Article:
Prevent Coalition of Vancouver launches opioid awareness campaign

Volunteer organization leads the way to halting substance abuse in youth and their families

CLARK COUNTY — Kelley Groen-Sieckmann lost her brother to a heroin overdose. Unfortunately, his situation is not unique. From 2012 to 2016, more than 3,300 people in Washington died of opioid related causes.

Now, Groen-Sieckmann works as a prevention specialist with Vancouver’s Prevent Coalition to change that pattern.

Graphic courtesy of Prevent Coalition
Graphic courtesy of Prevent Coalition

In partnership with ESD 112 and the Washington State Health Care Authority (HCA), Prevent is joining a statewide ‘Honest Conversations’ information campaign; based on HCA’s Starts with One program. 

“In prevention science it shows that if you have a lot of risk factors in your life, if you at least have one caring adult in your life, the risk of using substances is decreased tremendously,” Groen-Sieckmann said. “So honest conversations are really key.”

According to the Substance Abuse & Mental Health Services Administration, children who have parents that talk with them about drugs and substance abuse, are 50 percent less likely to use. This type of statistic is what drives the Starts with One program to connect parents and educators with resources to then impart to youth. 

At, these resources are widely available. Methods and advice for identifying substance abuse, keeping prescription drugs locked up and recovery help are key factors in the campaign’s strategy. With more accidental deaths in Washington traced to prescription pain medications than firearms or traffic collisions, the security factor is huge for the Coalition. 

Kelley Groen-Sieckmann, Prevention Specialist
Kelley Groen-Sieckmann,
Prevention Specialist

Groen-Sieckmann explained how no one is immune to the potential for opioid abuse. While Prevent focuses on youth prevention and outreach, they are in the beginning stages of working with the elderly populations as well, such as grandparents, who are most often the inadvertent source of illegally obtained medications by minors.

“Grandparents talking to their grandkids around the dangers of opioids and misusing them, or any substances for that matter. You don’t go to one party, and it’s just alcohol that might be there. Prevention is about preventing youth from using any substance,”  Groen-Sieckmann added. “The whole overall mission of prevention, is engaging youth in healthy activities and building strong communities, healthy communities free of substance use and building resilient youth.”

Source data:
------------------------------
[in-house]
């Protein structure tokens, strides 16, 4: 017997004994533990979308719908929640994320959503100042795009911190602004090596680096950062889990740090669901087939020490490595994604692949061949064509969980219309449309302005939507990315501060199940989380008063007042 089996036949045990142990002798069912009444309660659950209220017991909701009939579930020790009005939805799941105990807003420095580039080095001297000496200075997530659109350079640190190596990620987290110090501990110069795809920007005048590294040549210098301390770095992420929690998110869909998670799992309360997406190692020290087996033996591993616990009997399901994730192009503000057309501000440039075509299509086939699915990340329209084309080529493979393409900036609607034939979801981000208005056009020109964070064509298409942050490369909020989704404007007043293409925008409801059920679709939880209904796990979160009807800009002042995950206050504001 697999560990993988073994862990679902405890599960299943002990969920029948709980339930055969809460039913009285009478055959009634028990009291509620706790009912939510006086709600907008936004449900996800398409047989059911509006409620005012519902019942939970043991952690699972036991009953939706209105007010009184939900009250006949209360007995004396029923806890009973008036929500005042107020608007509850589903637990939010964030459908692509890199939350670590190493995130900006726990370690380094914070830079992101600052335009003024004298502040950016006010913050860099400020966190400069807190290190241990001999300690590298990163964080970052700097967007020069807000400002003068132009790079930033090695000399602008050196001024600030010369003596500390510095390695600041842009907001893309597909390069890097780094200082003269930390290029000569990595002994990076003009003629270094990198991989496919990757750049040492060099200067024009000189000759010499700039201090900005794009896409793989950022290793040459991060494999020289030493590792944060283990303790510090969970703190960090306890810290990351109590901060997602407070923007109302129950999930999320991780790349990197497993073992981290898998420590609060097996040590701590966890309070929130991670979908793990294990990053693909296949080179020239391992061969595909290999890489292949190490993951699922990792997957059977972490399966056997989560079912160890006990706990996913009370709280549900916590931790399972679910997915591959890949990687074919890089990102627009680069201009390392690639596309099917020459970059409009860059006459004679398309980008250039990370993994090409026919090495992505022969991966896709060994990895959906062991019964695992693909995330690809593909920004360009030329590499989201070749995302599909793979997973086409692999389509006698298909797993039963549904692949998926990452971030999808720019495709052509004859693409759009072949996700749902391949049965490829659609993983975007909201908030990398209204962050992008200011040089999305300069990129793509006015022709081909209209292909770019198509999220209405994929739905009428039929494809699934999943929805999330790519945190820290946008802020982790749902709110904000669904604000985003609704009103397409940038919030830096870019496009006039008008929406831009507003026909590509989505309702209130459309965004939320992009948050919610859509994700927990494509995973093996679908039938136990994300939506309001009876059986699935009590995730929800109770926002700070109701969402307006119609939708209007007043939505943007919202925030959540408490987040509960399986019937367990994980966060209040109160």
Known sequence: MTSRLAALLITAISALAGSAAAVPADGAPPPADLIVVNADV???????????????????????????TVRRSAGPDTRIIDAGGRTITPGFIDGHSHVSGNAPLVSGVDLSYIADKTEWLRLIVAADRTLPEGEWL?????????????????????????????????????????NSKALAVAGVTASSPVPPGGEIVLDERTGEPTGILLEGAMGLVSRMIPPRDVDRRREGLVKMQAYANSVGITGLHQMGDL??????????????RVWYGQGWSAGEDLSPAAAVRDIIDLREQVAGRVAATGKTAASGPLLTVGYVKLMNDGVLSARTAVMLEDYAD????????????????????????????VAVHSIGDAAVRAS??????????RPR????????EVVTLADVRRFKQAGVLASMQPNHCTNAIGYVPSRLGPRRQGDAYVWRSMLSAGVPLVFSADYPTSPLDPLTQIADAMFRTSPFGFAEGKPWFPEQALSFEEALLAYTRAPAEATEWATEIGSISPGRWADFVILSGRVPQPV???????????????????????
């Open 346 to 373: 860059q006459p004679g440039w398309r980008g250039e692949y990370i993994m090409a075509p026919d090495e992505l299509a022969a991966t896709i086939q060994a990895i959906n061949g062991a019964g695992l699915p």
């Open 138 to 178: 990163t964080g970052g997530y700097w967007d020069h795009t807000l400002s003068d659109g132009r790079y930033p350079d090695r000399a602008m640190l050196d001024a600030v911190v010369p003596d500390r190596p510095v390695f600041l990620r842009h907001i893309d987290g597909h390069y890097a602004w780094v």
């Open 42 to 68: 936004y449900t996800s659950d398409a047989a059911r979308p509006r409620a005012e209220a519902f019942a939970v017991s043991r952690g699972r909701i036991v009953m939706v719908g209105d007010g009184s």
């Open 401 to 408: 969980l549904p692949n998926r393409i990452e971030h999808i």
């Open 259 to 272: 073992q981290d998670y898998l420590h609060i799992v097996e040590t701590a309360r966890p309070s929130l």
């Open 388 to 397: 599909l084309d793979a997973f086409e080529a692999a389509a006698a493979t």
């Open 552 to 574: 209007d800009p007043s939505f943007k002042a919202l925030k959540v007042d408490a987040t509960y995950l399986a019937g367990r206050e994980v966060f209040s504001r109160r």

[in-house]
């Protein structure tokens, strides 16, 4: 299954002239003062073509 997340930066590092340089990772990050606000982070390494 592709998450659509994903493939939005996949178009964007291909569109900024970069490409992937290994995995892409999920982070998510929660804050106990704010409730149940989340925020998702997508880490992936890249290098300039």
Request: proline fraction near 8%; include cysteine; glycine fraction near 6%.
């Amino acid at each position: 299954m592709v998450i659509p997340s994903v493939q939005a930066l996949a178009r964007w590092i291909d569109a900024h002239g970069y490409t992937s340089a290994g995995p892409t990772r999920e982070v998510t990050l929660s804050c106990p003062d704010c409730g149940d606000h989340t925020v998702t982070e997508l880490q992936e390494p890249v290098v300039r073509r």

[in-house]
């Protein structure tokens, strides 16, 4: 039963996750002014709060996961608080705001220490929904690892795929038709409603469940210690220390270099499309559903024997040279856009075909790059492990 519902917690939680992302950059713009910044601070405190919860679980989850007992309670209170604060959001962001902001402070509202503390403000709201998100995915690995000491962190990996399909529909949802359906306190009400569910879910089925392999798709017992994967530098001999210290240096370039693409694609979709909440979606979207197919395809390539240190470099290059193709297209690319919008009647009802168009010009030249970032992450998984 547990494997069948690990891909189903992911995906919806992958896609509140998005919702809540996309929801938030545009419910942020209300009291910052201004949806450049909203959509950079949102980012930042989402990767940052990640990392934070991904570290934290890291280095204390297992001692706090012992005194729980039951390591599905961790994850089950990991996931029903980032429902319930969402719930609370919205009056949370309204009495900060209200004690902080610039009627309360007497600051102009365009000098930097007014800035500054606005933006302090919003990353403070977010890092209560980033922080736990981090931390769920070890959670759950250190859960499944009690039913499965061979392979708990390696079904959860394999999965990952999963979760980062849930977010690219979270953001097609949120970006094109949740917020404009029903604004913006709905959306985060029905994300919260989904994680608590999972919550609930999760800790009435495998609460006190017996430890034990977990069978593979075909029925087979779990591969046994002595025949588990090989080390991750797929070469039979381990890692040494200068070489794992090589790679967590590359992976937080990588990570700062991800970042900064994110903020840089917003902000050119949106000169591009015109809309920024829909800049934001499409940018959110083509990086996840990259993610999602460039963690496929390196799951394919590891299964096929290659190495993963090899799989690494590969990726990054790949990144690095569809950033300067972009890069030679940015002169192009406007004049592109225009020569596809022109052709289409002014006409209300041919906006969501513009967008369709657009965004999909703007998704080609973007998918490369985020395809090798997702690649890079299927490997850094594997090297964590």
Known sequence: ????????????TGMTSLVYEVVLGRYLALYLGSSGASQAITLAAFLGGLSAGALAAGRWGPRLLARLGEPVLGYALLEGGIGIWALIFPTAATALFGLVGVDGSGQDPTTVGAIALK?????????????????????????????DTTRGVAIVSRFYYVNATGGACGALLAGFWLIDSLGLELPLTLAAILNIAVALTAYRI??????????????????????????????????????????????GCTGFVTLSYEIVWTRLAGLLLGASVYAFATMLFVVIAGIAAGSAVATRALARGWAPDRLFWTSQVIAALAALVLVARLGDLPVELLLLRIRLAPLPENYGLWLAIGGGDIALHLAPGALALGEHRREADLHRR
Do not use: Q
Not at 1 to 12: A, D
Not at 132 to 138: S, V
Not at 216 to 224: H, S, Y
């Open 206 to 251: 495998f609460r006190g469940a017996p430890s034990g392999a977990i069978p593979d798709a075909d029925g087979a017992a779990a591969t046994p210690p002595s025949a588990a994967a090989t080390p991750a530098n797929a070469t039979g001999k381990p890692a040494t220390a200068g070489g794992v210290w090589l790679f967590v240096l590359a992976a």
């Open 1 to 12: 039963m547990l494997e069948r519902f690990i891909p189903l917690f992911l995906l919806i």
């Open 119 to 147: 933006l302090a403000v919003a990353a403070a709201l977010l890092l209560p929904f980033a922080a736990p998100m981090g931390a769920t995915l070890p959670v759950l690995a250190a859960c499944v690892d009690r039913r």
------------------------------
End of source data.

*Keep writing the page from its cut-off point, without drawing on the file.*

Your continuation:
Prevent Coalition has been grant funded since 2003, and the campaign itself is nearing its fourth year of operation. With the ongoing pandemic, the organization has had to go virtual with many resources and conversations. Groen-Sieckmann explained how they have become creative in the dispersal of resources and info to parents using the meal-pick-up programs at many schools as a touchpoint.

In the upcoming month of October, Prevent will host their Drug Take Back Event in partnership with law enforcement and partnering prevention coalitions across the county. There will be four sites covering all the compass directions, and a full list of info and sites can be found at or you can find year-round disposal sites via an interactive map at

“We all could play a part in protecting loved ones in our environment so we could be a part of the solution,” Groen-Sieckmann said. “This work is very close to my heart and it is so impactful on so many people’s lives.”

Prevent is also a partner Southwest Washington Accountable Community of Health; who hosts the Clark County Opioid Task Force. The force works with Clark County Public Health to train people in the community to respond to opioid overdoses using Naloxone. 

In addition to the new campaign, Prevent Coalition also honored several of its volunteer partners through the network of coalitions in Clark, Skamania and Klickitat counties. Every year the network hosts an event to congratulate the Outstanding Volunteers of the year, but this year the event was hosted virtually. 

“Volunteers are the backbone of a community coalition,” Jesse Jimenez, community prevention project coordinator for ESD 112, said in a release. “Even though we couldn’t recognize these amazing volunteers in person this year, we wanted to make sure they knew how much we appreciate them and all they do for the Coalition and their communities.”  

To view the personalized videos for each volunteer, visit the website here.